Wednesday, 6 May 2015

America's Worst 'Botched' Executions.

The electric chair is a secondary execution option in most States.

When the crimes of prisoners condemned to death are taken into account it can be difficult to come up with a valid reason to keep them alive. However, capital punishment in America is meant to be humane, anything different is regarded as cruel and unusual punishment. As well as psychologically damaging anyone involved in the execution process, the threat of expensive law suits and the obvious distress to the families, a botched execution never fails to reinforce the argument for abolishing the death penalty altogether. 

William Kemmler
Convicted of the brutal murder of his common-law wife and sentenced to death, William Kemmler was to be the first person in the world executed by electric chair. On his execution day, August 6th 1890, Kemmler was described as amazingly calm even trying to put the executioner at ease. Before the switch was flipped to start the execution, the warden promised Kemmler 'this won't hurt, Bill' unfortunately he couldn't have been further from the truth. At first the electrocution appeared to be a complete success, Kemmler had taken a huge volt of electricity that made his whole body rigid and appeared to be dead after ten seconds. However, as his body was being checked over by a doctor a cut was noticed on Kemmler's hand. A cut that was bleeding profusely and therefore indicating the prisoner was still very much alive. In a panic, the warden ordered another volt of electricity be administered. Before the switch was thrown for a second time, a groaning William Kemmler began to regain consciousness. As well as groaning, Kemmler spluttered and coughed as fluid ran from his mouth and nose. After what must of seen like an age, the switch was once again flipped and Kemmler was eventually dead. However, the room soon filled with a huge billow of smoke and a sizzling sound. Witnesses testified the room smelled of cooking flesh and burnt hair, an indication that Kemmler had literally burned to death.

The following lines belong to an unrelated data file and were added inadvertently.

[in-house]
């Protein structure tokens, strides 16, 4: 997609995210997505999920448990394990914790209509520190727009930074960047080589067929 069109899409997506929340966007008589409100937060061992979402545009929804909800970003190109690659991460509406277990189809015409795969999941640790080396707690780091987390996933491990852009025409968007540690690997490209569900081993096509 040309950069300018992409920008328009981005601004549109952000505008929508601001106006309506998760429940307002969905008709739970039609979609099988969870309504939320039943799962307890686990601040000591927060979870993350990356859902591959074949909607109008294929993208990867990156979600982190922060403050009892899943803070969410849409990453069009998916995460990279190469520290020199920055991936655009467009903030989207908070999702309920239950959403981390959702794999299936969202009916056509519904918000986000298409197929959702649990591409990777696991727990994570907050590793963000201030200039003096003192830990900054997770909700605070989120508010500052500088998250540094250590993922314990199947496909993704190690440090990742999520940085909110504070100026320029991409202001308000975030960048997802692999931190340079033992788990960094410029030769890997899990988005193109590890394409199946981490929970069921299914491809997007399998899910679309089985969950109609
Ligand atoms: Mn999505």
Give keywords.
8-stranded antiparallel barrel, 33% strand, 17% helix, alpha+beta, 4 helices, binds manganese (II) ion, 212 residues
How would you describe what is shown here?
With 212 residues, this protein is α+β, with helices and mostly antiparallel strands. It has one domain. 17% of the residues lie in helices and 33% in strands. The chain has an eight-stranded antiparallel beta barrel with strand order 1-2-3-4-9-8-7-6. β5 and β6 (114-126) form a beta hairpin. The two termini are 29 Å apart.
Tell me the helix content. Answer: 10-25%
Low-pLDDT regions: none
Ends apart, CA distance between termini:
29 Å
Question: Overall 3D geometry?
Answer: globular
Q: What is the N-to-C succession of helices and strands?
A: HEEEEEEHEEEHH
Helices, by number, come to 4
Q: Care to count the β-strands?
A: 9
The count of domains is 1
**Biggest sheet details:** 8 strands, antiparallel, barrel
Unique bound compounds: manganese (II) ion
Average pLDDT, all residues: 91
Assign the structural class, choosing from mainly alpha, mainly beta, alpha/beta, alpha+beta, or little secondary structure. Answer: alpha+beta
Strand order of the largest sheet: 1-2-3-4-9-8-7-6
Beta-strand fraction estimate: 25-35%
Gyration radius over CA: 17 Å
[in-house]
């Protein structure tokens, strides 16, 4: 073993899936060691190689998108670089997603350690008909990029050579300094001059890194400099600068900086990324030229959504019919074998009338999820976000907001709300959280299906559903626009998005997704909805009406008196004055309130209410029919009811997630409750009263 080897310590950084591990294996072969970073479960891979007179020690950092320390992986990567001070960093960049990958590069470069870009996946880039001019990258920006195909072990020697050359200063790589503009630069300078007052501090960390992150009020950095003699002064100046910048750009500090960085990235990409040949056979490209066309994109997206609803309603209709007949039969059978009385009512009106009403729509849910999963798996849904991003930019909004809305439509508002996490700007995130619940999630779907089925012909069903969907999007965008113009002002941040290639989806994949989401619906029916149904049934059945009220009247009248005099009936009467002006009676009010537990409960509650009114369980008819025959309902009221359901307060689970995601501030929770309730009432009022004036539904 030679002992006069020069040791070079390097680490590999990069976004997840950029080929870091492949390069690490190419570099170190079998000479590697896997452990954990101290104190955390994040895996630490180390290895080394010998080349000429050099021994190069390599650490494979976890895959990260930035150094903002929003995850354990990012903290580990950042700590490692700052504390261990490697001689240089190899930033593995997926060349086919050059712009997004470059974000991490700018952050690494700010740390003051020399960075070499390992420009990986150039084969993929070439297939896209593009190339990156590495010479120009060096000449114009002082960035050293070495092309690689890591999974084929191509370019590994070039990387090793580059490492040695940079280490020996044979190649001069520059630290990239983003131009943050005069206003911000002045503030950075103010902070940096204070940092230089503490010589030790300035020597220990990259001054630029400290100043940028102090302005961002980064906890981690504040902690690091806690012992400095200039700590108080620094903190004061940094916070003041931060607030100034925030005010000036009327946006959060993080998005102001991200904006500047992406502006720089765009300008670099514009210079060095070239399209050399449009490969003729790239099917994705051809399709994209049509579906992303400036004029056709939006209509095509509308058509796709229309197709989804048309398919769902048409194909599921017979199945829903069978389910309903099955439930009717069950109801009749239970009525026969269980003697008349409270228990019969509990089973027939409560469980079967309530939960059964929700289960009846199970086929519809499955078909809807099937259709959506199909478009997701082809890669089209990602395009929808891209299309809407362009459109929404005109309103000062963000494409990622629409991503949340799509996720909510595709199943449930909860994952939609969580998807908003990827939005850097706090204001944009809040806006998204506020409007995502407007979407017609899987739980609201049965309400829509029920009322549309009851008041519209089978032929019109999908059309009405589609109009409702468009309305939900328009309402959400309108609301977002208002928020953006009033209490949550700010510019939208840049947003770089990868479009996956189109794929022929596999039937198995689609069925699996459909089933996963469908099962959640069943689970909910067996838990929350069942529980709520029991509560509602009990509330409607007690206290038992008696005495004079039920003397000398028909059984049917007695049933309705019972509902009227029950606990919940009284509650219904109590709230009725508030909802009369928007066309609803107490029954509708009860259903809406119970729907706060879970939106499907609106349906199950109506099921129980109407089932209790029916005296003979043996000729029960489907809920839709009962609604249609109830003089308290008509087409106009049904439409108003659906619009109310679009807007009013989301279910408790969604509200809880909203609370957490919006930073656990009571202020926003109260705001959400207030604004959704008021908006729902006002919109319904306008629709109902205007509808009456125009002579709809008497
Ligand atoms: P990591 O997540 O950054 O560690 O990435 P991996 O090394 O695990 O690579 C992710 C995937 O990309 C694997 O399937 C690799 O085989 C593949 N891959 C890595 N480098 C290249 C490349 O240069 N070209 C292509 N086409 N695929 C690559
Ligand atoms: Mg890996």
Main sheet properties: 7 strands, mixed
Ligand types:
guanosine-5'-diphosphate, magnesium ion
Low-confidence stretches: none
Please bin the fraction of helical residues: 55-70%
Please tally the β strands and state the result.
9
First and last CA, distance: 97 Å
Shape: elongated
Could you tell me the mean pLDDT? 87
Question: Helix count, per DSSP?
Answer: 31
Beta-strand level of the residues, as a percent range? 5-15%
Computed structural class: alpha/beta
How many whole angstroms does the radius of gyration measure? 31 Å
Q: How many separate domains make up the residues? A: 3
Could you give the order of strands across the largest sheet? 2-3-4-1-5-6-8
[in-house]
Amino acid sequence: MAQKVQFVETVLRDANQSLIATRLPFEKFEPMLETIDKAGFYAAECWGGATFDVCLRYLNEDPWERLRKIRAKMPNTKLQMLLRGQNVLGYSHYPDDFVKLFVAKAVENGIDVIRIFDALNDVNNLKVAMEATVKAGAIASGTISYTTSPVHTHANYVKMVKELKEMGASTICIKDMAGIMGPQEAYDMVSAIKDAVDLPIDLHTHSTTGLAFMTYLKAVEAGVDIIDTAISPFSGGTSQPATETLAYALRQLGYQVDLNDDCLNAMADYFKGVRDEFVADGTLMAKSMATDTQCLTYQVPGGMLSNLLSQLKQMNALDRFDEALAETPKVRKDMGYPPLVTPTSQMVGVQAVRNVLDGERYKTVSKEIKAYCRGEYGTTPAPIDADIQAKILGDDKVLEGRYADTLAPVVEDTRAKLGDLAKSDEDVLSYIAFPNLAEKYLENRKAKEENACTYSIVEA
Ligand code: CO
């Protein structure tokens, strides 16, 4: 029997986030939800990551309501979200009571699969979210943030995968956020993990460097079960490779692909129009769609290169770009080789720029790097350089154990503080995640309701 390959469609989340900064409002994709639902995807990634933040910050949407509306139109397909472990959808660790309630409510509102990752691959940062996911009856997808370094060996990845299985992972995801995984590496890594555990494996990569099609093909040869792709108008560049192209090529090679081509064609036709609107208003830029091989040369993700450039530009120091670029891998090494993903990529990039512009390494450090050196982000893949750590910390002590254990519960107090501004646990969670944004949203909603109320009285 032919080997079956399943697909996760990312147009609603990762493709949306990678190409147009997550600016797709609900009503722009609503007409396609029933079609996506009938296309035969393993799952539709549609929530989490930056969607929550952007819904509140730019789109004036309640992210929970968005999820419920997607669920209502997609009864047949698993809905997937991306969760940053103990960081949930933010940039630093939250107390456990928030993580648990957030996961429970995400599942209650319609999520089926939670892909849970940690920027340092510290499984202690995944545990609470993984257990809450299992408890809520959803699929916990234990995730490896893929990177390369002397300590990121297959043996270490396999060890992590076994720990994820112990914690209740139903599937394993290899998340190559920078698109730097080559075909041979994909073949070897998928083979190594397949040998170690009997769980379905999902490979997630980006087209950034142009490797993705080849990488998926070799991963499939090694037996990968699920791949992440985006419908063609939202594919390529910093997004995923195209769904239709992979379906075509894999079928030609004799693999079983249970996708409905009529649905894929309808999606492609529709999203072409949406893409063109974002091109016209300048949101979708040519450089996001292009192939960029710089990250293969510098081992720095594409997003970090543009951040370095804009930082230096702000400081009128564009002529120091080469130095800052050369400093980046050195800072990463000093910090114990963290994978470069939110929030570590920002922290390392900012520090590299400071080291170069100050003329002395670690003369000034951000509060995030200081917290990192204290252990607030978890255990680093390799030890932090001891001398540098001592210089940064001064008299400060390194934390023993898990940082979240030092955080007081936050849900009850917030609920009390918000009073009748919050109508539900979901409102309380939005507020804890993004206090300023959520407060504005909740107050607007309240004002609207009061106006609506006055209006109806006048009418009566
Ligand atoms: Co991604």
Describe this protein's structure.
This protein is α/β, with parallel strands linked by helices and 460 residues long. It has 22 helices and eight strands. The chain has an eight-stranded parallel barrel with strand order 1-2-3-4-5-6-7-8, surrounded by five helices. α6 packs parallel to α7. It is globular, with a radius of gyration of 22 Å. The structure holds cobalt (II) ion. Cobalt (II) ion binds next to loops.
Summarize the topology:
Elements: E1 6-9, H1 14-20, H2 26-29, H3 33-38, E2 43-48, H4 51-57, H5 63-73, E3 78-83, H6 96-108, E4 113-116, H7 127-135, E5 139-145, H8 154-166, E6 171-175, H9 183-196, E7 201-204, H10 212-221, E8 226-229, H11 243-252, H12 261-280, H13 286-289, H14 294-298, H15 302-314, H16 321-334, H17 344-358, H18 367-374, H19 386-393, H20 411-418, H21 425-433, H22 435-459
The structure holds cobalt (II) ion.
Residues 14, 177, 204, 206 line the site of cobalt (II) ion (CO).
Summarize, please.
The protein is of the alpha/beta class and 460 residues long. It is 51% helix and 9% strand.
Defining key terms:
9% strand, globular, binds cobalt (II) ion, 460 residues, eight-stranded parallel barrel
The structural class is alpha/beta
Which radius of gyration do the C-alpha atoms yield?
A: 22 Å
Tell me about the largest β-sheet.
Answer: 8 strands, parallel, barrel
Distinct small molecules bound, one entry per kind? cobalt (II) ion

Brian Steckl